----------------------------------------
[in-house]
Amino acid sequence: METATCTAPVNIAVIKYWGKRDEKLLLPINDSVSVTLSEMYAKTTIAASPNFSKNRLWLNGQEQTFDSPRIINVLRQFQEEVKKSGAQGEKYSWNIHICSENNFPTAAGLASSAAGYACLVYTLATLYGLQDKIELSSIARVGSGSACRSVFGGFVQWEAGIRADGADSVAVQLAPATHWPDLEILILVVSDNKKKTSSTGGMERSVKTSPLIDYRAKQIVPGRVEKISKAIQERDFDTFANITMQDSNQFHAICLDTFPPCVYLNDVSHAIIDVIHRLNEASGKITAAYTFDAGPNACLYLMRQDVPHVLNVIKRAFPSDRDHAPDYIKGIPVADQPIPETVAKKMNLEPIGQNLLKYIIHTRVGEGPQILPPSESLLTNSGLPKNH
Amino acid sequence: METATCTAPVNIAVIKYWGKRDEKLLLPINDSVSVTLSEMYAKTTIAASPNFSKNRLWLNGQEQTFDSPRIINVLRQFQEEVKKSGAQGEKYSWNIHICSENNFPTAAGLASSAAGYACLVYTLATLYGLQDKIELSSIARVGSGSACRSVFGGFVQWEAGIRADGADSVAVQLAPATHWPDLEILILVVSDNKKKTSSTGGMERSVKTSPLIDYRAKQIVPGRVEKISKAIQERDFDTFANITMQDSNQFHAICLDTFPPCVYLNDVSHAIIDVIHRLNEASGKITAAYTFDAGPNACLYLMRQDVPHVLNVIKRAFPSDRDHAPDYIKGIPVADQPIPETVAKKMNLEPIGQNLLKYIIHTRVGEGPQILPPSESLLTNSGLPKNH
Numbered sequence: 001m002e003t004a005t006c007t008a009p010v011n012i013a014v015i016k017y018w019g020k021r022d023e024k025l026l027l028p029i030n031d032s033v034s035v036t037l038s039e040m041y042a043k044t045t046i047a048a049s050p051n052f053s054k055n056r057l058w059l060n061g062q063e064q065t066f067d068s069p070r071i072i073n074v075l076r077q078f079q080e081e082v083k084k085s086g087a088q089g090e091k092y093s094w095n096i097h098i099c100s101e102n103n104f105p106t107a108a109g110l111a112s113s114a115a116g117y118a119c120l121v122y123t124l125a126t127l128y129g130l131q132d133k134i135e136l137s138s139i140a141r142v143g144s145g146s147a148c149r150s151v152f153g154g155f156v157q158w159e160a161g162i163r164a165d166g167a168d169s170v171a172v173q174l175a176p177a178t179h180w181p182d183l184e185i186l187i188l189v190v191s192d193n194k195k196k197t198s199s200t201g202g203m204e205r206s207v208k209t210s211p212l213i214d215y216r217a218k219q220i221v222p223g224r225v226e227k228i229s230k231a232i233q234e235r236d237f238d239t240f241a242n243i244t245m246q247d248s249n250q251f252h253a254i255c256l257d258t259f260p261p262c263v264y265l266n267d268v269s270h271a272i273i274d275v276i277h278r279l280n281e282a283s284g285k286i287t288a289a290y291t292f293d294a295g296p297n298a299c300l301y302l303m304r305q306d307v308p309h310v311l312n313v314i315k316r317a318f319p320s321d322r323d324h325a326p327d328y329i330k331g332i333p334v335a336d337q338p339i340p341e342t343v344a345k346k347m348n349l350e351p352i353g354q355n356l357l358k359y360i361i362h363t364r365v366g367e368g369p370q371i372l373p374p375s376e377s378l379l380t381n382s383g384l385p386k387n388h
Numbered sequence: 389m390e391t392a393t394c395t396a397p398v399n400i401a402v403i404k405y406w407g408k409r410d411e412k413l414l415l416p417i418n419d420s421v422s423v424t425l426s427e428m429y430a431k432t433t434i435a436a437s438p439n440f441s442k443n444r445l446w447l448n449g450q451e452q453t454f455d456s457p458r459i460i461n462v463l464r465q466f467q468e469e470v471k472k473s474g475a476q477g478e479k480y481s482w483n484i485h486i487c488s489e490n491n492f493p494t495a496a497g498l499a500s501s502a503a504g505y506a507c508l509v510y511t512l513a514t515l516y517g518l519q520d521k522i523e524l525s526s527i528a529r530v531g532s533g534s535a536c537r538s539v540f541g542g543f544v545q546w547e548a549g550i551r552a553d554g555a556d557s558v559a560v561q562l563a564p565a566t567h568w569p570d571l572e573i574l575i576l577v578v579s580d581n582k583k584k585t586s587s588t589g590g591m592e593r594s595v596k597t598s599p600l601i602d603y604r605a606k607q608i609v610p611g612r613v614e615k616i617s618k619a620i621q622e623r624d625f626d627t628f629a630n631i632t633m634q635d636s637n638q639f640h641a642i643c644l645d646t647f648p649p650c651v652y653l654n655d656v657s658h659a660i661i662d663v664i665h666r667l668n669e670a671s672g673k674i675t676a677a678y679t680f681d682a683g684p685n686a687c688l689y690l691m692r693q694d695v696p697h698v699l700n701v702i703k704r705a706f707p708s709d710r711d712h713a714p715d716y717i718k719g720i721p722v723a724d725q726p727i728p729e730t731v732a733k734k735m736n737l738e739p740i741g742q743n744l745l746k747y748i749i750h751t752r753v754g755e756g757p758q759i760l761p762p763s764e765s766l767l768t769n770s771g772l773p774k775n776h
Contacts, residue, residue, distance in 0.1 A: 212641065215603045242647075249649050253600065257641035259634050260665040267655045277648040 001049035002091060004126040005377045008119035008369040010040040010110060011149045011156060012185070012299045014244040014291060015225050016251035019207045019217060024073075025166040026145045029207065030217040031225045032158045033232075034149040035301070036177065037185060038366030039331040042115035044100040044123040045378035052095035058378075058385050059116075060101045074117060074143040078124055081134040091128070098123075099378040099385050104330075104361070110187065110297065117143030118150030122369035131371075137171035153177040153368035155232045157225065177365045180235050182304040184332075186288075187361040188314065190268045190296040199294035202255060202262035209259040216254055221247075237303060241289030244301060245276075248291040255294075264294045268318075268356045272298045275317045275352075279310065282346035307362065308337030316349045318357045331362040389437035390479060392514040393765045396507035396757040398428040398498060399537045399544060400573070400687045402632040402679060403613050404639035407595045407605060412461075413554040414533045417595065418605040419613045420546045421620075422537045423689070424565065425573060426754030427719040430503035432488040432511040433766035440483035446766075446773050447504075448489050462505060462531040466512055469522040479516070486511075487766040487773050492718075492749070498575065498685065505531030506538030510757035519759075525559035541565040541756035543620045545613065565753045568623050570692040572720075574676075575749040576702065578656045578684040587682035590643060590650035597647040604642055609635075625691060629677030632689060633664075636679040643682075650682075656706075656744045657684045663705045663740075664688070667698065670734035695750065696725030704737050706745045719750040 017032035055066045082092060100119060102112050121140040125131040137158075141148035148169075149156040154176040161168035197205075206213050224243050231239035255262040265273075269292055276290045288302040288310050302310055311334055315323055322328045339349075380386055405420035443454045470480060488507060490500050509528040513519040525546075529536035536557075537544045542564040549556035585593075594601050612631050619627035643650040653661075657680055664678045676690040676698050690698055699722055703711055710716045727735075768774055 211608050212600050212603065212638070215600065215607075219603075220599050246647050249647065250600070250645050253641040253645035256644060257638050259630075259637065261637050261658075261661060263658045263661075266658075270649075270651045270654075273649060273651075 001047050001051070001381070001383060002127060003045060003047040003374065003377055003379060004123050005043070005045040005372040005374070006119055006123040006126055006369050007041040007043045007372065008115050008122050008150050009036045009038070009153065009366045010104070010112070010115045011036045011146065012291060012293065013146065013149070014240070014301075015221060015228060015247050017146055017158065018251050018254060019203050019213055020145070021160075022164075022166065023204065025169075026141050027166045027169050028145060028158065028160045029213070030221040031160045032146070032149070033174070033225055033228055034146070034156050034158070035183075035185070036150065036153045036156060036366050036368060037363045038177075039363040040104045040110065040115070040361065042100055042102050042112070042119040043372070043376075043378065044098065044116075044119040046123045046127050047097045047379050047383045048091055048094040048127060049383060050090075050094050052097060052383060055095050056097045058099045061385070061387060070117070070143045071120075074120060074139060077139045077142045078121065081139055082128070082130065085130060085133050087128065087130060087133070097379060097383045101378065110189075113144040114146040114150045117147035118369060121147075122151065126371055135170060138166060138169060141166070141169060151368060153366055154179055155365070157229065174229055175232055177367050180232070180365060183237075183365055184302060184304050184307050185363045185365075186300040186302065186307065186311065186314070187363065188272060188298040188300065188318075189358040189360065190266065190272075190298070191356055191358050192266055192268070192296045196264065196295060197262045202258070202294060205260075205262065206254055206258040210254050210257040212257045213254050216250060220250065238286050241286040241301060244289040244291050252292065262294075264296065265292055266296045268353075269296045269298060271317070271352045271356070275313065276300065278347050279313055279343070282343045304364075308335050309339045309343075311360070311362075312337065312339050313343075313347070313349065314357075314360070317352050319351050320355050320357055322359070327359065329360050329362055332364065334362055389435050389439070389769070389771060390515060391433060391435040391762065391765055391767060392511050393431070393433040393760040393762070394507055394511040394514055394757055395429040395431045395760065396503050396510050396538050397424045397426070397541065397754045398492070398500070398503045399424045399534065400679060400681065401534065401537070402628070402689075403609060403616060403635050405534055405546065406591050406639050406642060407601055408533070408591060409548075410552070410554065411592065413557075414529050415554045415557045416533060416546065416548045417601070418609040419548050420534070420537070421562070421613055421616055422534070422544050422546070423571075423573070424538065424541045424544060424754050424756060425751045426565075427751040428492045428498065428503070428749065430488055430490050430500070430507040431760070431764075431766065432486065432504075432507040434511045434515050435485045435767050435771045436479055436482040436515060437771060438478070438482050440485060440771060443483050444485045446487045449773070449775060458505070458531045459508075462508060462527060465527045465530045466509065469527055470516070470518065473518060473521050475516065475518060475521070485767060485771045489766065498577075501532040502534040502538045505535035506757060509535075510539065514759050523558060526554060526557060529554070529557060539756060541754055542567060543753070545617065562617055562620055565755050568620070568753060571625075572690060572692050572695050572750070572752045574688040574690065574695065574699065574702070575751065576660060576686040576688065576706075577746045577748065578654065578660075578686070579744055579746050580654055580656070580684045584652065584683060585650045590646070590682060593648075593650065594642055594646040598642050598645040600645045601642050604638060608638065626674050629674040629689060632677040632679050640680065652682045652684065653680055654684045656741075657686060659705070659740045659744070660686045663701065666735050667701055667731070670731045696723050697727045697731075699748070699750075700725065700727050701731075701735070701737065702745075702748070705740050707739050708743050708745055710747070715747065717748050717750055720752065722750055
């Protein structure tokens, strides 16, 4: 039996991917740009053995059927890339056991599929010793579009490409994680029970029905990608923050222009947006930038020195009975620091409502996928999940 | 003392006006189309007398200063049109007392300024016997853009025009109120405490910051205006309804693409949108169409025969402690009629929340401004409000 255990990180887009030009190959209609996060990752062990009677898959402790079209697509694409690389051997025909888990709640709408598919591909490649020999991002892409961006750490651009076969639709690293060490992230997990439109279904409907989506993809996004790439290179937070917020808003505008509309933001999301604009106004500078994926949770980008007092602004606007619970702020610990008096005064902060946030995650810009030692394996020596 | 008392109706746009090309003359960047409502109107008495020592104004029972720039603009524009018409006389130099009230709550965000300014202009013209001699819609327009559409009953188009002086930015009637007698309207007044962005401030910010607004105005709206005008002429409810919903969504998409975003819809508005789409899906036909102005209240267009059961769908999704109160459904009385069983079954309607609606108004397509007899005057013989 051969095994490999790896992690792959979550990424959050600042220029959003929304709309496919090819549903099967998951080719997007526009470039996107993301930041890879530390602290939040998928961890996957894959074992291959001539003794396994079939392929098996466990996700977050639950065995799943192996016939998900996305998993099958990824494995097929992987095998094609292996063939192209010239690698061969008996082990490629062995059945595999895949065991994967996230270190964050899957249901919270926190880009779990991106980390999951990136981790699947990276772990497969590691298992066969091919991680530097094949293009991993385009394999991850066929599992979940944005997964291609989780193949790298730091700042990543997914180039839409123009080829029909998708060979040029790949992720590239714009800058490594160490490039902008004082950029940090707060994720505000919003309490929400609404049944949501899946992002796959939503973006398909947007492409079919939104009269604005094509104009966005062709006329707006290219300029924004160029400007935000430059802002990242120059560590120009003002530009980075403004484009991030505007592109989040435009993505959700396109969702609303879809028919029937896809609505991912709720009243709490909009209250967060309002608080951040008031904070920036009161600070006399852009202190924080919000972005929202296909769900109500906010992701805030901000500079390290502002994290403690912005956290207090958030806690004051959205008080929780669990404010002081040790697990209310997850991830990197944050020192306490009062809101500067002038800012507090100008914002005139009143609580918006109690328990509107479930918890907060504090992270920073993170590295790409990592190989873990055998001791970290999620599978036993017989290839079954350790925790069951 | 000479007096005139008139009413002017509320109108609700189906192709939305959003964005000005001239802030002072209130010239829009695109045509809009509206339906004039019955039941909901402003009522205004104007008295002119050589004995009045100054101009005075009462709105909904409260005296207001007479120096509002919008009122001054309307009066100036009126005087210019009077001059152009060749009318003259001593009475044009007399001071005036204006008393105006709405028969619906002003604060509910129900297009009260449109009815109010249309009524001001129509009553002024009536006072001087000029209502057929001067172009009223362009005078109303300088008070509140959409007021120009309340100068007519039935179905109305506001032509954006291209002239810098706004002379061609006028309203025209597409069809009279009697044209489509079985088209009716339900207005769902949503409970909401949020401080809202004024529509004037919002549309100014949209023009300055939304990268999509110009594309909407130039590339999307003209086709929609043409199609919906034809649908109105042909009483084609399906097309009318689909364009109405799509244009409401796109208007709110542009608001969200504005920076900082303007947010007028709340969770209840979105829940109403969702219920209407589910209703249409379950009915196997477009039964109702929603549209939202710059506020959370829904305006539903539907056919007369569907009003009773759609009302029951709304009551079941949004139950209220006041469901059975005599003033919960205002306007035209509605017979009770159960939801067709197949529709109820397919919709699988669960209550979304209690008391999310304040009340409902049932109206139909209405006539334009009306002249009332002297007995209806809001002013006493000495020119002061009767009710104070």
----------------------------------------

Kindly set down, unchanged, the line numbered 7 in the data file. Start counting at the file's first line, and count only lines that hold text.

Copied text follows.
């Protein structure tokens, strides 16, 4: 039996991917740009053995059927890339056991599929010793579009490409994680029970029905990608923050222009947006930038020195009975620091409502996928999940 | 003392006006189309007398200063049109007392300024016997853009025009109120405490910051205006309804693409949108169409025969402690009629929340401004409000 255990990180887009030009190959209609996060990752062990009677898959402790079209697509694409690389051997025909888990709640709408598919591909490649020999991002892409961006750490651009076969639709690293060490992230997990439109279904409907989506993809996004790439290179937070917020808003505008509309933001999301604009106004500078994926949770980008007092602004606007619970702020610990008096005064902060946030995650810009030692394996020596 | 008392109706746009090309003359960047409502109107008495020592104004029972720039603009524009018409006389130099009230709550965000300014202009013209001699819609327009559409009953188009002086930015009637007698309207007044962005401030910010607004105005709206005008002429409810919903969504998409975003819809508005789409899906036909102005209240267009059961769908999704109160459904009385069983079954309607609606108004397509007899005057013989 051969095994490999790896992690792959979550990424959050600042220029959003929304709309496919090819549903099967998951080719997007526009470039996107993301930041890879530390602290939040998928961890996957894959074992291959001539003794396994079939392929098996466990996700977050639950065995799943192996016939998900996305998993099958990824494995097929992987095998094609292996063939192209010239690698061969008996082990490629062995059945595999895949065991994967996230270190964050899957249901919270926190880009779990991106980390999951990136981790699947990276772990497969590691298992066969091919991680530097094949293009991993385009394999991850066929599992979940944005997964291609989780193949790298730091700042990543997914180039839409123009080829029909998708060979040029790949992720590239714009800058490594160490490039902008004082950029940090707060994720505000919003309490929400609404049944949501899946992002796959939503973006398909947007492409079919939104009269604005094509104009966005062709006329707006290219300029924004160029400007935000430059802002990242120059560590120009003002530009980075403004484009991030505007592109989040435009993505959700396109969702609303879809028919029937896809609505991912709720009243709490909009209250967060309002608080951040008031904070920036009161600070006399852009202190924080919000972005929202296909769900109500906010992701805030901000500079390290502002994290403690912005956290207090958030806690004051959205008080929780669990404010002081040790697990209310997850991830990197944050020192306490009062809101500067002038800012507090100008914002005139009143609580918006109690328990509107479930918890907060504090992270920073993170590295790409990592190989873990055998001791970290999620599978036993017989290839079954350790925790069951 | 000479007096005139008139009413002017509320109108609700189906192709939305959003964005000005001239802030002072209130010239829009695109045509809009509206339906004039019955039941909901402003009522205004104007008295002119050589004995009045100054101009005075009462709105909904409260005296207001007479120096509002919008009122001054309307009066100036009126005087210019009077001059152009060749009318003259001593009475044009007399001071005036204006008393105006709405028969619906002003604060509910129900297009009260449109009815109010249309009524001001129509009553002024009536006072001087000029209502057929001067172009009223362009005078109303300088008070509140959409007021120009309340100068007519039935179905109305506001032509954006291209002239810098706004002379061609006028309203025209597409069809009279009697044209489509079985088209009716339900207005769902949503409970909401949020401080809202004024529509004037919002549309100014949209023009300055939304990268999509110009594309909407130039590339999307003209086709929609043409199609919906034809649908109105042909009483084609399906097309009318689909364009109405799509244009409401796109208007709110542009608001969200504005920076900082303007947010007028709340969770209840979105829940109403969702219920209407589910209703249409379950009915196997477009039964109702929603549209939202710059506020959370829904305006539903539907056919007369569907009003009773759609009302029951709304009551079941949004139950209220006041469901059975005599003033919960205002306007035209509605017979009770159960939801067709197949529709109820397919919709699988669960209550979304209690008391999310304040009340409902049932109206139909209405006539334009009306002249009332002297007995209806809001002013006493000495020119002061009767009710104070």